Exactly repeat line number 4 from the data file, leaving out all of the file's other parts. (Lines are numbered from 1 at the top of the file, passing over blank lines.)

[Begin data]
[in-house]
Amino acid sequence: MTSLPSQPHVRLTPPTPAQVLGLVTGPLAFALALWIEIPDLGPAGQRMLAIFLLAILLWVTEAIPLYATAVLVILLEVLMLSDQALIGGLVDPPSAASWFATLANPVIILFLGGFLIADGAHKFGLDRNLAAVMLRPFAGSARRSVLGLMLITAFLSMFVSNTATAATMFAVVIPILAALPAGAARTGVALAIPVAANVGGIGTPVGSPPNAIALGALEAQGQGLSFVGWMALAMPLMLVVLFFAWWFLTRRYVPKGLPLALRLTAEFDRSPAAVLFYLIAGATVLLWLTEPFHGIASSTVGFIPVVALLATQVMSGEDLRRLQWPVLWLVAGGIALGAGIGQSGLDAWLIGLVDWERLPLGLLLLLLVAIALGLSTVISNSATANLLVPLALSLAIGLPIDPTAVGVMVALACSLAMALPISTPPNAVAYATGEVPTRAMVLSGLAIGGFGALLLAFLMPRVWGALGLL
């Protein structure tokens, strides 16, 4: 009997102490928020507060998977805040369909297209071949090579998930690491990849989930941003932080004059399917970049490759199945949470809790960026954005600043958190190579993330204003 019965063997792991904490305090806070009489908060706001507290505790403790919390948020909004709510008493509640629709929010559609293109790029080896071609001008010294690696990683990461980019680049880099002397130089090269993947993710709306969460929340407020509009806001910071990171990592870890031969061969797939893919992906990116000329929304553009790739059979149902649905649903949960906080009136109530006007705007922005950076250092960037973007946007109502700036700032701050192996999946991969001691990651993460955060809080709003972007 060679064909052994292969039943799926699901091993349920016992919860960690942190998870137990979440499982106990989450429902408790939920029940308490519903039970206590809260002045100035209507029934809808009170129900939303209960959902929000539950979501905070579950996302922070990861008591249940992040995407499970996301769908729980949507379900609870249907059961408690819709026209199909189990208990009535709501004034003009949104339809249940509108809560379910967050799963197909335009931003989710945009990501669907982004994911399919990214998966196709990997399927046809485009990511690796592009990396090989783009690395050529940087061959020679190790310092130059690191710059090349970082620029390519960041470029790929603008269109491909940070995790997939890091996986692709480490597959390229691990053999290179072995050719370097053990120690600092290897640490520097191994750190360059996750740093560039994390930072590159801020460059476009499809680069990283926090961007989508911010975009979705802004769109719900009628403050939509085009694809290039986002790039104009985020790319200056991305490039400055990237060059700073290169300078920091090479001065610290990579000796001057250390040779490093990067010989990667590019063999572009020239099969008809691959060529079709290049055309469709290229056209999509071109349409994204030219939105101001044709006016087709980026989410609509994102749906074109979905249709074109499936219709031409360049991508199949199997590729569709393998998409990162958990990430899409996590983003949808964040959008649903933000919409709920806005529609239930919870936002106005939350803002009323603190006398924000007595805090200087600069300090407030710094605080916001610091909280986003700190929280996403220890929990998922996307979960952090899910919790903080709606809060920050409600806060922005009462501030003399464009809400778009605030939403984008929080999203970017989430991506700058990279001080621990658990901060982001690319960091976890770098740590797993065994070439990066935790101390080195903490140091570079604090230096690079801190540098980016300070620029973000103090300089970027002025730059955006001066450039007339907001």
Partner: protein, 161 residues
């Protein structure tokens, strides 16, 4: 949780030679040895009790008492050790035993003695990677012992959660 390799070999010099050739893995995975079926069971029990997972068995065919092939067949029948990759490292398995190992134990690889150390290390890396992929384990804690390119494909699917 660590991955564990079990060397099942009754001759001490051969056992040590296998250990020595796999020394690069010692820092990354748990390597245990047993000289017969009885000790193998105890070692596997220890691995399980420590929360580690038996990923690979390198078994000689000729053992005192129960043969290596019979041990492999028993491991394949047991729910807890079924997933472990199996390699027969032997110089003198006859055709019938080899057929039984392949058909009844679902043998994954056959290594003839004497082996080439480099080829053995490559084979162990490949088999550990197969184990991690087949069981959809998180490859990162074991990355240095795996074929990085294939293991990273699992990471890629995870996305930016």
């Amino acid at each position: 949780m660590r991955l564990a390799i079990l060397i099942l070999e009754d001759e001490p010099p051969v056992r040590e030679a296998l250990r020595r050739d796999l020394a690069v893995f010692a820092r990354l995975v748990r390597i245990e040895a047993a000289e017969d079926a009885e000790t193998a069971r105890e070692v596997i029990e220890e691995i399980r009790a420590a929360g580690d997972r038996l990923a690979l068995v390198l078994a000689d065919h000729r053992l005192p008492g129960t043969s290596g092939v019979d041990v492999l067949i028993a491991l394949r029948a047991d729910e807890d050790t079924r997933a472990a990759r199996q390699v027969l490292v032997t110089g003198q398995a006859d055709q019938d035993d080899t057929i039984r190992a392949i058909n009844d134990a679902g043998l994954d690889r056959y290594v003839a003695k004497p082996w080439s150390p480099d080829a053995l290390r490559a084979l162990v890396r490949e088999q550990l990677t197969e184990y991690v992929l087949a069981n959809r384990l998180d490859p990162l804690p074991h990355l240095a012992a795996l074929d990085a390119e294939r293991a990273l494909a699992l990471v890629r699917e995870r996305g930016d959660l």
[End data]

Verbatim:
Partner: protein, 161 residues